Looking Up and DownPrint
By Priscilla Long
April 11, 2012
My sister Liz is a runner. On her 60th birthday she took her dog Earl (Australian shepherd famous for eating entire cherry pies) for a 10-mile run. Liz and Earl greatly enjoyed their run; so much so that they forgot to stop at 10 miles and ran for 15 instead. That’s what I mean when I say Liz is a runner.
Later, at lunch, we discussed ear buds, which almost all runners now wear, listening to NPR or Pearl Jam or Sir Mix-A-Lot or Mozart. Ear buds, Liz said, have transformed marathons and half-marathons. Formerly, a certain camaraderie prevailed among speed cohorts as marathoners and half-marathoners put in their mutual miles. But ear-bud-engrossed runners don’t speak. During one recent marathon, Liz, jogging along Lake Washington Boulevard—one of the curved and scenic Olmsted-designed routes we have in Seattle—looked up and witnessed a bald eagle soar down over the runners. Look! she said. Look! No one looked. No one heard her. No one else saw the eagle.
In the walking-down-the-street world there’s isolation not only by ear bud but also by digital device. Our devices are convenient, and all very well.
But the virtual world screens us from the real world, particularly the real natural world, where there’s no background music, no narrator, no jump cut, no gorgeous photo of setting sun, no scenic polar bear, no place to click “like,” no email to interrupt the previous email, no comment box. If there were a comment box, what would you write?
Weeds again! Hahaha. LOL.
Yesterday I went on a field trip to the real world—my back yard. I went out to feed my worms, hoping to see a slug or two, since I’ve been reading David George Gordon’s engaging Secret World of Slugs and Snails: Life in the Very Slow Lane. I opened the worm box and saw a slug before I even saw a worm. Then I saw another slug, then another. Five in all. Horrible thought: these slugs could be eating my worms! I took them one by one and pitched them over the hedge. Let them eat my neighbor’s worms.
That was yesterday. Today it dawns on me that I have yet to observe life in the very slow lane. I return to the back yard and this time look under a log. Slugs! Tiny ones. I pick one up and then another. I make a terrarium by punching holes in a plastic refrigerator container. I put in these slugs with dirt and wet leaves. They are (I think, after Googling “garden slug”), Arion subfuscus.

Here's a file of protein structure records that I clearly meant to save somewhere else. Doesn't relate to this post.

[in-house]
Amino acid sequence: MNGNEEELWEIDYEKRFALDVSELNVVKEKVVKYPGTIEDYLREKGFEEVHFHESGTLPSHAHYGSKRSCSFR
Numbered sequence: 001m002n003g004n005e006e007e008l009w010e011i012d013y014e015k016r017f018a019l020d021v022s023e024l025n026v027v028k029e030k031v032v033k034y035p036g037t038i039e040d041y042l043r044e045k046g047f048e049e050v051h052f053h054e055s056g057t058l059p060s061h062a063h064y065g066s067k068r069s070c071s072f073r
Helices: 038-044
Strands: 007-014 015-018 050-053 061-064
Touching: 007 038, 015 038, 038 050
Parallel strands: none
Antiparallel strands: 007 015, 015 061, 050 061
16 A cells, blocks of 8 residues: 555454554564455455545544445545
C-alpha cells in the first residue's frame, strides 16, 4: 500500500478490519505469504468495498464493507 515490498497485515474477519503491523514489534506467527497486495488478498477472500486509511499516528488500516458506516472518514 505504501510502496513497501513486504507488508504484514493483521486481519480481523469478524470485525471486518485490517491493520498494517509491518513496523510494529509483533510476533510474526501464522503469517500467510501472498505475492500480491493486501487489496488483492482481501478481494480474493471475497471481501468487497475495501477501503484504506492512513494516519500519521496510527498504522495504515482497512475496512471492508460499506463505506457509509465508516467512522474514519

I take one in my hand, study it under a glass. It’s curled into a ball the size of a pea. It must be a baby.
It’s cold blooded. Its blood is a pale blue fluid, hemocyanin, a copper-based protein that carries oxygen to slug body tissue the way hemoglobin carries oxygen to human body tissue. It’s a mollusk (phylum Mollusca), a gastropod (class Gastropoda). It carries its guts on its dorsal (back) side. It is hermaphroditic but likes nevertheless to copulate. It requires dampness and it adores lettuce. It makes slime, which is mucus, which helps it move along, stick to rocks and vertical walls, and gag predators such as snakes and dogs.
The slug in my hand unwinds. I can now see its mantel, the forward part of its body, distinct from the foot. It reaches out its head with its four antennae-type projections. The top two are eyestalks. It turns them this way and that, searching, searching. Its slug body feels cool and wet to my hand.
Slugs are sluggards, very slow. This slug slithers in slow motion across my palm. It stops at my thumb. It appears to be thinking: What the hell is this?
I look down at this peculiar creature sliming up my hand and I’m thinking the same damn thing.
Priscilla Long is the author of The Writer’s Portable Mentor: A Guide to Art, Craft, and the Writing Life and Where the Sun Never Shines: A History of America’s Bloody Coal Industry. Her essay “Genome Tome,” which appeared in our Summer 2005 issue, won the National Magazine Award for Feature Writing.